Colleen Morley, DNP, RN, CCM, CMAC, CMCN, ACM-RN and Ellen Fink-Samnick MSW, ACSW, LCSW, CCM, CCTP, CMHIMP, CRP, DBH(s) recommend several strategies to combat burnout.
A version of this article was first published January 27, 2021, by HCPro's Revenue Cycle Advisor, a sibling publication to HealthLeaders.
Q: With the novel coronavirus (COVID-19) pandemic still going for nearly a full year, case managers everywhere are experiencing feelings of burnout. How can case managers combat these feelings and remain fresh and motivated?
A: Healthcare professionals were already struggling with stress and burnout before the pandemic, says Colleen Morley, DNP, RN, CCM, CMAC, CMCN, ACM-RN, president 2019-21 of CMSA Chicago. A pre-COVID-19 study performed in 2019 by the American Nurses’ Association health risk appraisal found that 82% of nurses believed they were at a significant risk for illness due to workplace stress. Now, the problems are much worse.
Morley and Ellen Fink-Samnick MSW, ACSW, LCSW, CCM, CCTP, CMHIMP, CRP, DBH(s), of EFS Supervision Strategies LLC in Burke, Virginia recommend several strategies to combat burnout, including the following:
- Stay on track. Maintain as normal a schedule whenever possible, even if you are working from home. Get up and get dressed in the morning. Have a start time and an end time for work and schedule regular breaks and meals.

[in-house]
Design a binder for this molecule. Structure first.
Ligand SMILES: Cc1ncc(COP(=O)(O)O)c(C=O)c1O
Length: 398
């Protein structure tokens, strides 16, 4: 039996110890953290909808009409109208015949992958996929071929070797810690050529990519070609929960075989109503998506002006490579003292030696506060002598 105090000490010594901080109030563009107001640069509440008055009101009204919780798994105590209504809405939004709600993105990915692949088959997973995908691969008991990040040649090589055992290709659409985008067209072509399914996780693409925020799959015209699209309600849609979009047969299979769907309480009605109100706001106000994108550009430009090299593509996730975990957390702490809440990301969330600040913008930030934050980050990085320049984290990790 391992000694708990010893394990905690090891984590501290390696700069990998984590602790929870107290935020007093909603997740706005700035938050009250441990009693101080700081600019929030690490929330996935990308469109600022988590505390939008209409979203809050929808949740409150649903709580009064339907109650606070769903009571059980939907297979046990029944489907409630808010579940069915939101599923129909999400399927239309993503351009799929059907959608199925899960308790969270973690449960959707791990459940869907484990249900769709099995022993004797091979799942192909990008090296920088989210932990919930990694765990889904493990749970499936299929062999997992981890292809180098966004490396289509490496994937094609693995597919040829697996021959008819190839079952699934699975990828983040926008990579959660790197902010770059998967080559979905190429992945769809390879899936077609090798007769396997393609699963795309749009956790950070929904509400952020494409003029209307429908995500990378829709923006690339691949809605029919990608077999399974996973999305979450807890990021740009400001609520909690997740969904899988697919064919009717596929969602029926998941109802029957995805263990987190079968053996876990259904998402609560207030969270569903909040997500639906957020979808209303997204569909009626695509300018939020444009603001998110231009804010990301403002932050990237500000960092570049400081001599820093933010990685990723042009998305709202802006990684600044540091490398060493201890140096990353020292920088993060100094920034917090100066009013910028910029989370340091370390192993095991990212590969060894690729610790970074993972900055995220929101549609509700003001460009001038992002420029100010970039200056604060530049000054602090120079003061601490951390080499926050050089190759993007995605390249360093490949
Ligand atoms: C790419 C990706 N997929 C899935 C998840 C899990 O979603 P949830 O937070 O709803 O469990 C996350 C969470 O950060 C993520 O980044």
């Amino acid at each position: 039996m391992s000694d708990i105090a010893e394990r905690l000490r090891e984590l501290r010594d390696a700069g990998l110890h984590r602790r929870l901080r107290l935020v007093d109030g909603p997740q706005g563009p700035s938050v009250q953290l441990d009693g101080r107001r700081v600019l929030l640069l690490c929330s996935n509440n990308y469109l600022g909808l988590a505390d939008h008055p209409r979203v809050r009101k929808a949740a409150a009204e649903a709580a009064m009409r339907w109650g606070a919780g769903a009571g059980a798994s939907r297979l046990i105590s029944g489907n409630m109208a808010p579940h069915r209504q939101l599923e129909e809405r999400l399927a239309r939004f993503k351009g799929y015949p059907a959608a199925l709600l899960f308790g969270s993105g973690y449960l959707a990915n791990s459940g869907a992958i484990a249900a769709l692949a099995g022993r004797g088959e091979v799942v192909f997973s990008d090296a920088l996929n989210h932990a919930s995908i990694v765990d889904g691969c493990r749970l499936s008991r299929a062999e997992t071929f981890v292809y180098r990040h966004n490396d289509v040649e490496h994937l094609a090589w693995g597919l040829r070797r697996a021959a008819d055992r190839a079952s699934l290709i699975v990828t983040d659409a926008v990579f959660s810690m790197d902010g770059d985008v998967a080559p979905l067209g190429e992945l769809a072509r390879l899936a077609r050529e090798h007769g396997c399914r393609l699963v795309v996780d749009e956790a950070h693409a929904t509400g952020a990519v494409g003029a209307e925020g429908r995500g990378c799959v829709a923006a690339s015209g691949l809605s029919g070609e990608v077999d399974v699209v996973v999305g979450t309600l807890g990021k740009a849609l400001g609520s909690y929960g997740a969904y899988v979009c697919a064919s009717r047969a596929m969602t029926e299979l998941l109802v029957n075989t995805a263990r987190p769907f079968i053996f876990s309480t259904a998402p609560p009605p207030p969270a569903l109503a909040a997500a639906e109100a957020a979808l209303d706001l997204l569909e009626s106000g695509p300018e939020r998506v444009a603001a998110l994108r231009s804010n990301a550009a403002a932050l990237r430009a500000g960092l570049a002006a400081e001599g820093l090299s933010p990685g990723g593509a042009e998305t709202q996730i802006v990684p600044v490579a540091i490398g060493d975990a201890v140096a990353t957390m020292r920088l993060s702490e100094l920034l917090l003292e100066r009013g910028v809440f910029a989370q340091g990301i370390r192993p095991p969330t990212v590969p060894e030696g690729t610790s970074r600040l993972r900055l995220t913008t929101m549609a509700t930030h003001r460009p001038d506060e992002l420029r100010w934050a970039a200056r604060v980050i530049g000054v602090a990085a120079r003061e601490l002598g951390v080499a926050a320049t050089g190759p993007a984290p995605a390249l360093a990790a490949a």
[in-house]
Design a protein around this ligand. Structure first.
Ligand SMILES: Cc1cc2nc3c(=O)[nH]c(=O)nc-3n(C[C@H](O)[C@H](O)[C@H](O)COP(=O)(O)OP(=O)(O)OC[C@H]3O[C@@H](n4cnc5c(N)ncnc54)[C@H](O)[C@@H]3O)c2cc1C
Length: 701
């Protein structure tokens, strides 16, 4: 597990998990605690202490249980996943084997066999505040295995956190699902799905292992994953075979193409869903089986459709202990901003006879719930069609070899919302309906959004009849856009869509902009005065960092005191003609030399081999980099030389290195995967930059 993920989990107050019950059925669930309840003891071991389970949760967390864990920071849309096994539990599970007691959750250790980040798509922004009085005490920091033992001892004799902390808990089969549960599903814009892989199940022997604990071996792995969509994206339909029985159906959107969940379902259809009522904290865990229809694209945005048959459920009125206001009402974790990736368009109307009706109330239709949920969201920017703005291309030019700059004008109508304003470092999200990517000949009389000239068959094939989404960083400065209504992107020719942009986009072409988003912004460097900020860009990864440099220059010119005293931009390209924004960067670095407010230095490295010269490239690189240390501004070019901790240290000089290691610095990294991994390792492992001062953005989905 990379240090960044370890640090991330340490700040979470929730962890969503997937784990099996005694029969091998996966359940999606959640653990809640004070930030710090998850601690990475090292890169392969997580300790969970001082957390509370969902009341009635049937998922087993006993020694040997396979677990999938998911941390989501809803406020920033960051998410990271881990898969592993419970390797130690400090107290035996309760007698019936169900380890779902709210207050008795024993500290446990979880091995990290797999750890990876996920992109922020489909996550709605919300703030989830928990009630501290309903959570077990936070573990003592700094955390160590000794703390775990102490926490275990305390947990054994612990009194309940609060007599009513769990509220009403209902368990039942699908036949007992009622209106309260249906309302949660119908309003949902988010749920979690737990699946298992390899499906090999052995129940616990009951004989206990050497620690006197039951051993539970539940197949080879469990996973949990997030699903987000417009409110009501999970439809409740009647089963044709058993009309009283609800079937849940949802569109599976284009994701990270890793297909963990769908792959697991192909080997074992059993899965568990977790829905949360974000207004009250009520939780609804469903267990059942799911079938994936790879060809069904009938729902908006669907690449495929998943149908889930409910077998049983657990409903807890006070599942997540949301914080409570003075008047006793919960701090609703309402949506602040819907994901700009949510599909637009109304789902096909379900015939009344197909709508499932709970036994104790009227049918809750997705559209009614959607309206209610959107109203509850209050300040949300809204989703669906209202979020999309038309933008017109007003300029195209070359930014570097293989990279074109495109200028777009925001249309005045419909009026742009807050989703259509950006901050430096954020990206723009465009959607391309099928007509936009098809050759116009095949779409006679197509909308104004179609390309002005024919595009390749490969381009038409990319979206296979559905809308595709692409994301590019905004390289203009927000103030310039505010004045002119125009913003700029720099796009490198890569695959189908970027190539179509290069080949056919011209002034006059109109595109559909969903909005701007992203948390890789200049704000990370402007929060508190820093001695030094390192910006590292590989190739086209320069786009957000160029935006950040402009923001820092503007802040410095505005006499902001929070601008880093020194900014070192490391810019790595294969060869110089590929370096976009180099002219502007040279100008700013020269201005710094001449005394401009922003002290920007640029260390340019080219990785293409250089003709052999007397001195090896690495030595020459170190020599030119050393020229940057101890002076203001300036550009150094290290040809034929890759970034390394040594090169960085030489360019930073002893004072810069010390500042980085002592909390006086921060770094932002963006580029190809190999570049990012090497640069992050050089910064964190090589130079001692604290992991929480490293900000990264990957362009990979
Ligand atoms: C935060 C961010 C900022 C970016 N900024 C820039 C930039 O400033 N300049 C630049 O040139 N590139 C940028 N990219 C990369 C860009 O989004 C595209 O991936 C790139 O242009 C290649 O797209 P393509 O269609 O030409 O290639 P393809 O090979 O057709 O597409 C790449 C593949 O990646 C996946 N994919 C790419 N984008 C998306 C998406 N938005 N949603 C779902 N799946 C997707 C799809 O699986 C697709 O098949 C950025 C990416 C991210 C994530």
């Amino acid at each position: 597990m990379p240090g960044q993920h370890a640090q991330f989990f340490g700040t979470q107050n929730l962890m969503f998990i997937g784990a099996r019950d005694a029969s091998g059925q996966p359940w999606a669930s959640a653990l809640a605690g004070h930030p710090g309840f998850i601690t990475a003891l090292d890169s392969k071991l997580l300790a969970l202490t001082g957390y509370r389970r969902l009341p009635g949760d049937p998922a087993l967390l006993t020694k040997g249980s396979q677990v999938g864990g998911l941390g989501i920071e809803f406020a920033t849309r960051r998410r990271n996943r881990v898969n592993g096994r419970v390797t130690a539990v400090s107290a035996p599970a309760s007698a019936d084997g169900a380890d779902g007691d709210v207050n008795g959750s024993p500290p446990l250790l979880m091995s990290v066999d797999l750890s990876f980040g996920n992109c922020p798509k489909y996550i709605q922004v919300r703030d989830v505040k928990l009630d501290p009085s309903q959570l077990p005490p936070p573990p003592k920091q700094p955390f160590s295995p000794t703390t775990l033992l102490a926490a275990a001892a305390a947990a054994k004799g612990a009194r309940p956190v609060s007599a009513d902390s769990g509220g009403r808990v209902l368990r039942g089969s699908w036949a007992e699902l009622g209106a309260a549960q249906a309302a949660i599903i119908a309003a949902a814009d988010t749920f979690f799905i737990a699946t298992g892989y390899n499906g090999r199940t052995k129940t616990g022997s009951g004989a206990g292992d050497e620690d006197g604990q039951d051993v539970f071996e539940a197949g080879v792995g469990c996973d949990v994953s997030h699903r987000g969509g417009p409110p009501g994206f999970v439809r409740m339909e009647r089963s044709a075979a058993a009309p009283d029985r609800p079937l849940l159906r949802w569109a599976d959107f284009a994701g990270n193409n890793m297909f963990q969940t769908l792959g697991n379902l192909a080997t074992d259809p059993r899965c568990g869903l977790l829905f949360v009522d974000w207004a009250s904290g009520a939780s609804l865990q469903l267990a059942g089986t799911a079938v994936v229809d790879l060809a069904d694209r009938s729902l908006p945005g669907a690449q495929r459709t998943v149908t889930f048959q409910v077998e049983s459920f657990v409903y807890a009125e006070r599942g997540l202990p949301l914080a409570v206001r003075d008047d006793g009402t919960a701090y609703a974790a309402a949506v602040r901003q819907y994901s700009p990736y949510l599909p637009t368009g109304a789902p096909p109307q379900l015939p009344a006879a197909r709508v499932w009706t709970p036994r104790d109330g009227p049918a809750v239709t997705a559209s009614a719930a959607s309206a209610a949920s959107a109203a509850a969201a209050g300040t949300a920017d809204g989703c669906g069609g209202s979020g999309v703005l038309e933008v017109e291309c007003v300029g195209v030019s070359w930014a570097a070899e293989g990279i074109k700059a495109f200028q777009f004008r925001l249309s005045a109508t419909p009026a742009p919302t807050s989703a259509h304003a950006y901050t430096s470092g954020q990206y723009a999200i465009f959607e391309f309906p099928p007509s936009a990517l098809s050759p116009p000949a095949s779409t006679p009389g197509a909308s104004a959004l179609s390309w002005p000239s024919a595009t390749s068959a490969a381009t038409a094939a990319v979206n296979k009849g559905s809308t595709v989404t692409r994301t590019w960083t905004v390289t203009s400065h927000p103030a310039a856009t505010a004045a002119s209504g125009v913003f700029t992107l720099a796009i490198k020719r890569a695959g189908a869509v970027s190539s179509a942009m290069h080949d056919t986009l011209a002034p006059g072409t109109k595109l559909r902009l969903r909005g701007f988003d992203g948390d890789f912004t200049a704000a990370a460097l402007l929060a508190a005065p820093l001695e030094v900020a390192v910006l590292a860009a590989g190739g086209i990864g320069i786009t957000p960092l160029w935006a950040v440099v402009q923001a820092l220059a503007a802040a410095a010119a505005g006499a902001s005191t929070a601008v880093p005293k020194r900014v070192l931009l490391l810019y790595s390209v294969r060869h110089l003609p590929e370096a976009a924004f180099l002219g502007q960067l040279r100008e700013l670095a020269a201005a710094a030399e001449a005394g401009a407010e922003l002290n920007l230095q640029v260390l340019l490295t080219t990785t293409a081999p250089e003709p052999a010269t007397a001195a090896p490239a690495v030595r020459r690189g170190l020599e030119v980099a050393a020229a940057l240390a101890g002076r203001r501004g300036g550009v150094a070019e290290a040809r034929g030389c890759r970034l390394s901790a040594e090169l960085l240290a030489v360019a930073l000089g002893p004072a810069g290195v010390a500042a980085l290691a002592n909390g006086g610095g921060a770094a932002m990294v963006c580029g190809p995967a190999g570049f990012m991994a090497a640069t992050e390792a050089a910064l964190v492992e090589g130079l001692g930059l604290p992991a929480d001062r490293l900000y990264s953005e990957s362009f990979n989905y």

- Get moving. It can be tempting to slump on the couch during tumultuous times. But keeping up with some daily exercise, even taking a short walk, can pay dividends, says Fink-Samnick.
- Schedule time for yourself. If you have an activity or practice that recharges you, put that self-care practice on your schedule so that you don’t miss it. Use an alarm or reminder just as you would for a work meeting.
- Feed yourself well. Practicing good nutrition is vital in times of stress, says Fink-Samnick. When you are under stress, levels of a hormone called cortisol in your blood rise. When cortisol rises, it sets off unhealthy metabolic changes that can promote damaging inflammation inside your body and cause you to start gaining weight around your midsection.
- Limit your time online. The CDC also advises that when you are not at work, you should avoid coverage of the pandemic or reminders of it, which can help you take a mental break.
- Be alert to signs of trouble. Very often when people are under extraordinary stress they may turn to drugs or alcohol to self-medicate. Be certain to get help if you think your use is heading into problem territory, says the CDC.
For more information on this topic, see Case Management Monthly.
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